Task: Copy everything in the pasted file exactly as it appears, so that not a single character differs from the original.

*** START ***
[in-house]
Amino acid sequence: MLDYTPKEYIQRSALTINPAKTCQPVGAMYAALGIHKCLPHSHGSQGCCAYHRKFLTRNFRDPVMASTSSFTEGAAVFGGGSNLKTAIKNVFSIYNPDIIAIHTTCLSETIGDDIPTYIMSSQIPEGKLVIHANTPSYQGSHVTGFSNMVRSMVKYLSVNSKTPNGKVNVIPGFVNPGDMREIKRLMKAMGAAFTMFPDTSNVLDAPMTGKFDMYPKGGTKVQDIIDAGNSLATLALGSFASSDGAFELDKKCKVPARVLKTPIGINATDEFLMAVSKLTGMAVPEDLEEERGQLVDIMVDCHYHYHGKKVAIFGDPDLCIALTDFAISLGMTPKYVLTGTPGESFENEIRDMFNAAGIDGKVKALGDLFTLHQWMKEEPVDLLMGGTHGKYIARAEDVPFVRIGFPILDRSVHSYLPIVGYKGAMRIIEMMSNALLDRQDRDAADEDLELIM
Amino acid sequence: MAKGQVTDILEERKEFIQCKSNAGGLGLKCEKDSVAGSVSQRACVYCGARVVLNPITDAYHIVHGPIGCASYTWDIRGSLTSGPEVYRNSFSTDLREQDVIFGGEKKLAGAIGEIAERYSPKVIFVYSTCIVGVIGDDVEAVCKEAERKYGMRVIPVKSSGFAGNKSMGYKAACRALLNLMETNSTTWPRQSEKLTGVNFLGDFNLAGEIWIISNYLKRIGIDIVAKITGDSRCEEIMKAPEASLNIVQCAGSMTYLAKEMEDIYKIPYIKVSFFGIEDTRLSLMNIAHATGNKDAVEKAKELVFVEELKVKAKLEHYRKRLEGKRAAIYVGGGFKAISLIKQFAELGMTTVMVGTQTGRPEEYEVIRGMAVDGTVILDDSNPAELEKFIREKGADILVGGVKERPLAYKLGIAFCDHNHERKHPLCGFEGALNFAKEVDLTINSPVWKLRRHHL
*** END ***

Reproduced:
[in-house]
Amino acid sequence: MLDYTPKEYIQRSALTINPAKTCQPVGAMYAALGIHKCLPHSHGSQGCCAYHRKFLTRNFRDPVMASTSSFTEGAAVFGGGSNLKTAIKNVFSIYNPDIIAIHTTCLSETIGDDIPTYIMSSQIPEGKLVIHANTPSYQGSHVTGFSNMVRSMVKYLSVNSKTPNGKVNVIPGFVNPGDMREIKRLMKAMGAAFTMFPDTSNVLDAPMTGKFDMYPKGGTKVQDIIDAGNSLATLALGSFASSDGAFELDKKCKVPARVLKTPIGINATDEFLMAVSKLTGMAVPEDLEEERGQLVDIMVDCHYHYHGKKVAIFGDPDLCIALTDFAISLGMTPKYVLTGTPGESFENEIRDMFNAAGIDGKVKALGDLFTLHQWMKEEPVDLLMGGTHGKYIARAEDVPFVRIGFPILDRSVHSYLPIVGYKGAMRIIEMMSNALLDRQDRDAADEDLELIM
Amino acid sequence: MAKGQVTDILEERKEFIQCKSNAGGLGLKCEKDSVAGSVSQRACVYCGARVVLNPITDAYHIVHGPIGCASYTWDIRGSLTSGPEVYRNSFSTDLREQDVIFGGEKKLAGAIGEIAERYSPKVIFVYSTCIVGVIGDDVEAVCKEAERKYGMRVIPVKSSGFAGNKSMGYKAACRALLNLMETNSTTWPRQSEKLTGVNFLGDFNLAGEIWIISNYLKRIGIDIVAKITGDSRCEEIMKAPEASLNIVQCAGSMTYLAKEMEDIYKIPYIKVSFFGIEDTRLSLMNIAHATGNKDAVEKAKELVFVEELKVKAKLEHYRKRLEGKRAAIYVGGGFKAISLIKQFAELGMTTVMVGTQTGRPEEYEVIRGMAVDGTVILDDSNPAELEKFIREKGADILVGGVKERPLAYKLGIAFCDHNHERKHPLCGFEGALNFAKEVDLTINSPVWKLRRHHL